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August 30, 1918 - July 5, 2002
Ted WilliamsTed WilliamsTed WilliamsTed WilliamsTed Williams

Ted Williams Timeline

August 30, 1918: Theodore Samuel Williams born in San Diego, Calif.

December 7, 1937: Ted Williams officially becomes property of the Red Sox when the team acquires the contract of the 19-year-old from San Diego of the Pacific Coast League. He spent three seasons in the minors before reporting to Boston in 1939.

April 20, 1939: Of all places to begin a Major League career, Ted Williams begins his rookie year with the Red Sox at Yankee Stadium. He collects a double off Red Ruffing, who beats Boston, 2-0. Lou Gehrig goes hitless in the only game featuring the two great sluggers. Others who played in the game include Joe DiMaggio, Bill Dickey, Jimmie Foxx, Joe Cronin, Bobby Doerr and Lefty Grove.

September 19, 1939: Ted Williams homers off Thornton Lee, one of 31 in his rookie campaign. Williams also went deep off Thornton's son, Ron Lee, 21 years later.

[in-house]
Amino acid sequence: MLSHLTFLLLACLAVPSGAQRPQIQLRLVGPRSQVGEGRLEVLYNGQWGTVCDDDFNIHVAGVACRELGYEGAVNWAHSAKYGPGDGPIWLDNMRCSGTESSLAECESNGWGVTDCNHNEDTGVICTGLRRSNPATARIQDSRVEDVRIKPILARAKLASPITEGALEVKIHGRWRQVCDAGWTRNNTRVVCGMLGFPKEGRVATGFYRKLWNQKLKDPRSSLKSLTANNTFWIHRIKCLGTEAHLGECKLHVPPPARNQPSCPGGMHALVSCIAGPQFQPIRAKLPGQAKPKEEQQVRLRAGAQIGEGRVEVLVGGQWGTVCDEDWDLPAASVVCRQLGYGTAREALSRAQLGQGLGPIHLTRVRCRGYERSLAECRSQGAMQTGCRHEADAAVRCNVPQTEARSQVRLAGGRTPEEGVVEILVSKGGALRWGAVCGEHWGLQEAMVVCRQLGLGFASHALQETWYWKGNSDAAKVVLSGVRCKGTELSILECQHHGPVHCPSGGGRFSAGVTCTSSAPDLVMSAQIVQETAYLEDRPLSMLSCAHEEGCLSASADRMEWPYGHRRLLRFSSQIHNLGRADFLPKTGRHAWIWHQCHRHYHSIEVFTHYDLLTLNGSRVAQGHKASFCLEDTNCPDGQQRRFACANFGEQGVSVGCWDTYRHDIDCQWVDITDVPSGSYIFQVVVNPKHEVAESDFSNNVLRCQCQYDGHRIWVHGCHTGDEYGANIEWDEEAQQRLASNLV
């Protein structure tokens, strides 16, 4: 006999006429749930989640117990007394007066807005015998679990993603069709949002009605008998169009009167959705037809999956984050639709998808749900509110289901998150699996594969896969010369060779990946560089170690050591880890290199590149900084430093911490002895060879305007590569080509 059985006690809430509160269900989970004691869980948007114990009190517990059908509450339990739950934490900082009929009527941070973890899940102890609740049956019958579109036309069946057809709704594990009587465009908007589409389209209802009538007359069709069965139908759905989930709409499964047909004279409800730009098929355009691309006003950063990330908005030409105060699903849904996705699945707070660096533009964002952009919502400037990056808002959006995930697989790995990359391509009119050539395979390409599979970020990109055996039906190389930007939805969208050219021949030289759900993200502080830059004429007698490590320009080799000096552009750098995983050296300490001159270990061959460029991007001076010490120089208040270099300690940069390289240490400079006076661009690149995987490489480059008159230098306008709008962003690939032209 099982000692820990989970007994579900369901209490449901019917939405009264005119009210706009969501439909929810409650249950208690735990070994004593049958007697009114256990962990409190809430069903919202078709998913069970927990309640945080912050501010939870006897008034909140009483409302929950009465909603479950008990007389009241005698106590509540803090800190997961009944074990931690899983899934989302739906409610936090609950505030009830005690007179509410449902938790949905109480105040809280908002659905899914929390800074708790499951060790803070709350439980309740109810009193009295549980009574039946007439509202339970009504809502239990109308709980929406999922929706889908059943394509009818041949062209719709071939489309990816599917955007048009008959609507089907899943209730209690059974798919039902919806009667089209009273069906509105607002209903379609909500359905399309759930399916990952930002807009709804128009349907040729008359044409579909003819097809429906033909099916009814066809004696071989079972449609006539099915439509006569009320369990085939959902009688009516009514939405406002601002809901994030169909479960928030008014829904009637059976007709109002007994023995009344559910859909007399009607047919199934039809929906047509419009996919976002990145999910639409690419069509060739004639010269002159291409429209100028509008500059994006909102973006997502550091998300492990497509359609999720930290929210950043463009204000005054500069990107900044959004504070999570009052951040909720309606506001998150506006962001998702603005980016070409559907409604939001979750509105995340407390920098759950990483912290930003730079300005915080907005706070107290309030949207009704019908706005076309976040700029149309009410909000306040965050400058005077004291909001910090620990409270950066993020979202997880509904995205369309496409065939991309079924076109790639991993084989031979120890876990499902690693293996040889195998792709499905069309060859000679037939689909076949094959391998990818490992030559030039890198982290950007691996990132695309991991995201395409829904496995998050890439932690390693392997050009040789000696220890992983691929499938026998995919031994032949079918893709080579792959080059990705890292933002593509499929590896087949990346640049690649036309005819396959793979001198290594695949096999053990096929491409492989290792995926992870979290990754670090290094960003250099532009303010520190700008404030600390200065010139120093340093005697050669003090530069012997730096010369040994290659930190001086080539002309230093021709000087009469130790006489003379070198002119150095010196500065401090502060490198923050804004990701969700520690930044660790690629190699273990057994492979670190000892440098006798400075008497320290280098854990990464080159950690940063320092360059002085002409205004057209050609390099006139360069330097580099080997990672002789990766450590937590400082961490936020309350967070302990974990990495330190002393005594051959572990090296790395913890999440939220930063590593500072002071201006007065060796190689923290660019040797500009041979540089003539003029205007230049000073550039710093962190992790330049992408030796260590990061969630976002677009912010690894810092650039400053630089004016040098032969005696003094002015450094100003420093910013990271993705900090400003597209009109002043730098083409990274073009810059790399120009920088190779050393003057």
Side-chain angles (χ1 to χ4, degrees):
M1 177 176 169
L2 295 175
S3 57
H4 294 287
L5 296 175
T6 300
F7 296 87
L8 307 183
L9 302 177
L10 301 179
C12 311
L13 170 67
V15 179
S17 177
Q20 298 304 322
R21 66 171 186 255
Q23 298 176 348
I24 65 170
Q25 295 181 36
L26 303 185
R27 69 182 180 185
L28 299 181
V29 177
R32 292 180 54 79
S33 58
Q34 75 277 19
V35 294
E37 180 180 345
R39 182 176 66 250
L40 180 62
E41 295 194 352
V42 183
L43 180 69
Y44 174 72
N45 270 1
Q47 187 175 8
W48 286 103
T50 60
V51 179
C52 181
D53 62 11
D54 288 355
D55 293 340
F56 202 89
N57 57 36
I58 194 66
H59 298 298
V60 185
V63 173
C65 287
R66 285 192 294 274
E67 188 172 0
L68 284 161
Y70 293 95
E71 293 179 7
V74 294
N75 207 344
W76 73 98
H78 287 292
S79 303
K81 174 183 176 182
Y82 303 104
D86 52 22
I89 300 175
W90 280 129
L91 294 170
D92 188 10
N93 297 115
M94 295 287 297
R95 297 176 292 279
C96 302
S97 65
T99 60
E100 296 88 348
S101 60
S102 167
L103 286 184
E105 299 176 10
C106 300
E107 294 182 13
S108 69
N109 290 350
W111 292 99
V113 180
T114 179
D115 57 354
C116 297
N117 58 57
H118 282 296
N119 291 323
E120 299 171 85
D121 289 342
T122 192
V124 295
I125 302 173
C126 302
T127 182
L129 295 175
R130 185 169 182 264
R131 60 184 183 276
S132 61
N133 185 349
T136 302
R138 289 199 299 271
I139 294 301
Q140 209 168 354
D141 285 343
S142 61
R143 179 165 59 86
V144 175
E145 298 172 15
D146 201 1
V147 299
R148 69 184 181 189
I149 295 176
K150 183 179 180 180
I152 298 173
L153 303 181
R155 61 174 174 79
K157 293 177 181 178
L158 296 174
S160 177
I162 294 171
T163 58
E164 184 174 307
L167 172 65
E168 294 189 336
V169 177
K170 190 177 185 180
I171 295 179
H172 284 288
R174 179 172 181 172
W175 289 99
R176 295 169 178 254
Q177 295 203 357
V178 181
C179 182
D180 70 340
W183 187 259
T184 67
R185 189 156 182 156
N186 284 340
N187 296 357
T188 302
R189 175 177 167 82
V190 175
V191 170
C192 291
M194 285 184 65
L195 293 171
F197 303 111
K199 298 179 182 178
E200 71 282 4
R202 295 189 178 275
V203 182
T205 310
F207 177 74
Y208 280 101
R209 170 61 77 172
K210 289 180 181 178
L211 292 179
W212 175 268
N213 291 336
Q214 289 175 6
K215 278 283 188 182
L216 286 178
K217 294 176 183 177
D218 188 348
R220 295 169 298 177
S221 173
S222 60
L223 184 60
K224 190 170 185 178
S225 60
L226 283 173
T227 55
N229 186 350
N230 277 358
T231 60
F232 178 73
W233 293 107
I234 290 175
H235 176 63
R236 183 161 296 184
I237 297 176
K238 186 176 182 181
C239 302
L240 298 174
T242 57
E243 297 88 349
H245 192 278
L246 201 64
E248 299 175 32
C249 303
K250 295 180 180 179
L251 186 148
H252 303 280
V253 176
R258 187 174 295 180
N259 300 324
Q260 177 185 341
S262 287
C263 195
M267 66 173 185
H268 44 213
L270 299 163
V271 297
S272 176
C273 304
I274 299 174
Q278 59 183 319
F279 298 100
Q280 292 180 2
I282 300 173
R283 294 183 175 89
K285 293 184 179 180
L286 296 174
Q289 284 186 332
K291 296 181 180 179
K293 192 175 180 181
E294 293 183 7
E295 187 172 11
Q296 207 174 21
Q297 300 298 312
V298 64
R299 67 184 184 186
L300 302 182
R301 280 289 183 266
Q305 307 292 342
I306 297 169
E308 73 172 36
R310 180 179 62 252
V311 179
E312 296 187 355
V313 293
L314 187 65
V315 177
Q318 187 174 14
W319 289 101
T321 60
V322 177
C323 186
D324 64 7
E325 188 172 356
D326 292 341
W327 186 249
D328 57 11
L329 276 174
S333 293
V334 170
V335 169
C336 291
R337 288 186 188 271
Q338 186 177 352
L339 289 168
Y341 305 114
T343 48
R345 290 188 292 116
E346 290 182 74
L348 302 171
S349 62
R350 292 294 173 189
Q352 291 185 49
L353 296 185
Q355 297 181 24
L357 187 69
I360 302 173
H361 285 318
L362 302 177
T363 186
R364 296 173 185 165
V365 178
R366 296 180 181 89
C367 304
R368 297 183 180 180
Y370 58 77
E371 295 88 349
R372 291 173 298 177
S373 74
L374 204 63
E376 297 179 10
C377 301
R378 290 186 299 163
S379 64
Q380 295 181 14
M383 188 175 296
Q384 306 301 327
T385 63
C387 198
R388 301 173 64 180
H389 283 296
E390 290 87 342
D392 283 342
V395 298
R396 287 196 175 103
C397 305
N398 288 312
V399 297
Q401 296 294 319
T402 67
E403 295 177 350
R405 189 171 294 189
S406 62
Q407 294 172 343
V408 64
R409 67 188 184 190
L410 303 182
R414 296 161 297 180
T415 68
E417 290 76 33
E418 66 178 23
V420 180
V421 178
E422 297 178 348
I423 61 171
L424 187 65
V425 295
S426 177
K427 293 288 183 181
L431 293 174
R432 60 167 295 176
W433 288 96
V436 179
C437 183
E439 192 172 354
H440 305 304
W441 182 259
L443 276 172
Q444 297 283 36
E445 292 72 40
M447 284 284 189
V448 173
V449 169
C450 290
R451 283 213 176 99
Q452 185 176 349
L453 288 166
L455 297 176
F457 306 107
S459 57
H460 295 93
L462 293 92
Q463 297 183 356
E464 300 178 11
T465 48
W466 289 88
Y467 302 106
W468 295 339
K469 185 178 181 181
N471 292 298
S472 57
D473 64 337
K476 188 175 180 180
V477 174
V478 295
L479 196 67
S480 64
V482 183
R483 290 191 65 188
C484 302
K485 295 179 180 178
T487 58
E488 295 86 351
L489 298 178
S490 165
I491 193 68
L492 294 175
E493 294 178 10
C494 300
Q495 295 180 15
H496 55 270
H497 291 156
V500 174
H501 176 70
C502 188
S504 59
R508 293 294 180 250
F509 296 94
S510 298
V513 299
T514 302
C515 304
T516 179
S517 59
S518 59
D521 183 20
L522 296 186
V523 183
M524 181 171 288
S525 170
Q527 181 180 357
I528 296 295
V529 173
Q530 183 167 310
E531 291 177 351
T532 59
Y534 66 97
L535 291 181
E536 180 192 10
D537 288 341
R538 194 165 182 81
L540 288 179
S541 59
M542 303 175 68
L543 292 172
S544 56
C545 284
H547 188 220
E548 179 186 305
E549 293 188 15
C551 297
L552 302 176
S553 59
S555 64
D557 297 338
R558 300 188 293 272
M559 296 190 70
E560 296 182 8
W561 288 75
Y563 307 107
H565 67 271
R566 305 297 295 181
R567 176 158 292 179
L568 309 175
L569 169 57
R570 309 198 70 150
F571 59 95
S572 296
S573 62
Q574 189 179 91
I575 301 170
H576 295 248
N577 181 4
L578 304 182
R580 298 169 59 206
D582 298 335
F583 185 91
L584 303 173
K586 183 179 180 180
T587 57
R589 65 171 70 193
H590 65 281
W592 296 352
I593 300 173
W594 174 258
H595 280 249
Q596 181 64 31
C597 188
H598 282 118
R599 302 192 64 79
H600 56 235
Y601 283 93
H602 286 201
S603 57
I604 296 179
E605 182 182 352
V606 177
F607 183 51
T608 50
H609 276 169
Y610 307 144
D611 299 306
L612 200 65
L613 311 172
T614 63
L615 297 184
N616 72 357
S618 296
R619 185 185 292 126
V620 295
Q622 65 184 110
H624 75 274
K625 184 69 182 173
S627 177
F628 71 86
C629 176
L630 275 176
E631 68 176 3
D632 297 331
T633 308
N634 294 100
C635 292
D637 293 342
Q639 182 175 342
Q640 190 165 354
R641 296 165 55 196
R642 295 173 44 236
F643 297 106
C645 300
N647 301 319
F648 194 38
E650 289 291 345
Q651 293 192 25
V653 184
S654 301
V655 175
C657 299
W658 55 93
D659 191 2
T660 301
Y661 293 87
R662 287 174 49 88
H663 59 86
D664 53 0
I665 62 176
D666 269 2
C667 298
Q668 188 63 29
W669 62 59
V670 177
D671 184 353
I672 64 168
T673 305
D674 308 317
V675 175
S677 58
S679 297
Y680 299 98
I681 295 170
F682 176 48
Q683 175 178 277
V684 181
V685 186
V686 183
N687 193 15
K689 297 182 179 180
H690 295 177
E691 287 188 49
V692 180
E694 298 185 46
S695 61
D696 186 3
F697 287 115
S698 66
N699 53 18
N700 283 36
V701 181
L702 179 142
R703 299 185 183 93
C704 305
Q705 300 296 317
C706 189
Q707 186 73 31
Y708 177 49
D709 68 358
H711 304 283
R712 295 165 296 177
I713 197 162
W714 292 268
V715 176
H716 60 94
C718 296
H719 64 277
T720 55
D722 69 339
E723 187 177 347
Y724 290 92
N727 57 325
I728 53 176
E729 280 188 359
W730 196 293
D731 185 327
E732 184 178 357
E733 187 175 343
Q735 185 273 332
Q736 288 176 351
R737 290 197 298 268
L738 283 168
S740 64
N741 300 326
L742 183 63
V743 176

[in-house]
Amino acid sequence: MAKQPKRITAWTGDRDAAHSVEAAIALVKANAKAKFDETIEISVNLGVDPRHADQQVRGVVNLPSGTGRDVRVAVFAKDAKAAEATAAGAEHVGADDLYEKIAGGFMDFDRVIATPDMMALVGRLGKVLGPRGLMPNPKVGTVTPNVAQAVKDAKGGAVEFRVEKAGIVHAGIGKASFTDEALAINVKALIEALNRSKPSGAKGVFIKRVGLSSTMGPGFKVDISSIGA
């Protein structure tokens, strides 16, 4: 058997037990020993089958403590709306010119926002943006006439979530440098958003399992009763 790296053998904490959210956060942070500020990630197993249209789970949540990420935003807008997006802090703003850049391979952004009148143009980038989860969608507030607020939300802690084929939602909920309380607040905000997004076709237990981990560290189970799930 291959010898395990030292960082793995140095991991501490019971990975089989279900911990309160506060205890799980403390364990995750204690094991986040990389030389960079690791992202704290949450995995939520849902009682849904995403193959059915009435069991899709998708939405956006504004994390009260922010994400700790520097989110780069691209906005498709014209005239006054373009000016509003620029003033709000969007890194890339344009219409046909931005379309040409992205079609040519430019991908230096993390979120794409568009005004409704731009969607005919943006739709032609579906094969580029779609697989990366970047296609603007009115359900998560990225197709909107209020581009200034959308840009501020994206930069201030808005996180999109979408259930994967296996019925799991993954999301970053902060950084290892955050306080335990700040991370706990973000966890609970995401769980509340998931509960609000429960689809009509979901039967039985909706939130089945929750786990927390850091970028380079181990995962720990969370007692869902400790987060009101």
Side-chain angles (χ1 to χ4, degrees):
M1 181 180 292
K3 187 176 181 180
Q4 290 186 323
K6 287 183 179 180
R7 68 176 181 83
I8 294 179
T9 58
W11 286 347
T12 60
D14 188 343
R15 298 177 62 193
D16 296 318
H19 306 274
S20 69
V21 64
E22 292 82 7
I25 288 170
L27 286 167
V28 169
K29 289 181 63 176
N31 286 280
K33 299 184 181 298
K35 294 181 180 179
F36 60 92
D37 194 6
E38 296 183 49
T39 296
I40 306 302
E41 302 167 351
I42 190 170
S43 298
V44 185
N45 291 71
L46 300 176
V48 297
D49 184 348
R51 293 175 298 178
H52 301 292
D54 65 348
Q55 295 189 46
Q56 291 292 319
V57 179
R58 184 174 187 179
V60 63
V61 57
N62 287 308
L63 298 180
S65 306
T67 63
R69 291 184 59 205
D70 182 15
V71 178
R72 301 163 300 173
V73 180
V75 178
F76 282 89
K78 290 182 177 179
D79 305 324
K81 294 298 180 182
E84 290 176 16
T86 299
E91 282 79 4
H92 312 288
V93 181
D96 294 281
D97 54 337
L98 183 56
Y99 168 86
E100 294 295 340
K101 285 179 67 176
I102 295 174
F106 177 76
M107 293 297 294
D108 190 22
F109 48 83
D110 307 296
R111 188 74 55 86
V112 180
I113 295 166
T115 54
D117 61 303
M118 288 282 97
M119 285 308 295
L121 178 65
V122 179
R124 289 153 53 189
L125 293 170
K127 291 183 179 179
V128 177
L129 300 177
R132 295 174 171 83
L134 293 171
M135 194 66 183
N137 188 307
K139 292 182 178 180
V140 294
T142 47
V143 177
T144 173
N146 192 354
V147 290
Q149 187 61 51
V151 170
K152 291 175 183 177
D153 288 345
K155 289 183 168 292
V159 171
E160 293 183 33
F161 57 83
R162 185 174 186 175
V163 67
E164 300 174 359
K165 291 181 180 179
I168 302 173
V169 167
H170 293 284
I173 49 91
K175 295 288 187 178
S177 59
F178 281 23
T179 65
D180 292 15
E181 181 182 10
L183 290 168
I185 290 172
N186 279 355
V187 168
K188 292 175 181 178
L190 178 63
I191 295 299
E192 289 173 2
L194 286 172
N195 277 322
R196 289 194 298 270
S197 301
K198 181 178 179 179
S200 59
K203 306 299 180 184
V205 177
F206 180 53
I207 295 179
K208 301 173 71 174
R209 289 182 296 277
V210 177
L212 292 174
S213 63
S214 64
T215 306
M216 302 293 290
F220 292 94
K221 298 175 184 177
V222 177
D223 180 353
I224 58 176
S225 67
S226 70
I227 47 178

August 24, 1940: Ted Williams moves from left field to the pitcher’s mound as he throws the last two innings in a 12-1 Boston loss to the Detroit Tigers. Williams strikes out Tiger slugger Rudy York on three pitches. Joe Glenn, who caught Babe Ruth's last pitching appearance in 1933, is Williams's catcher.

May 25, 1941: Ted Williams raises his batting average over .400 for the first time during the season.

July 8, 1941: At the All-Star Game at Briggs Stadium in Detroit, Ted Williams homers off Chicago Cubs hurler Claude Passeau with two out and two on in the ninth inning to give the AL a 7-5 win. Williams drives in four runs.

September 27, 1941: Ted Williams has a .401 average to begin the day and turns down the offer by Red Sox manager Joe Cronin to sit out the game. Against Philadelphia, he goes 1-for-4 to drop his average to .3995.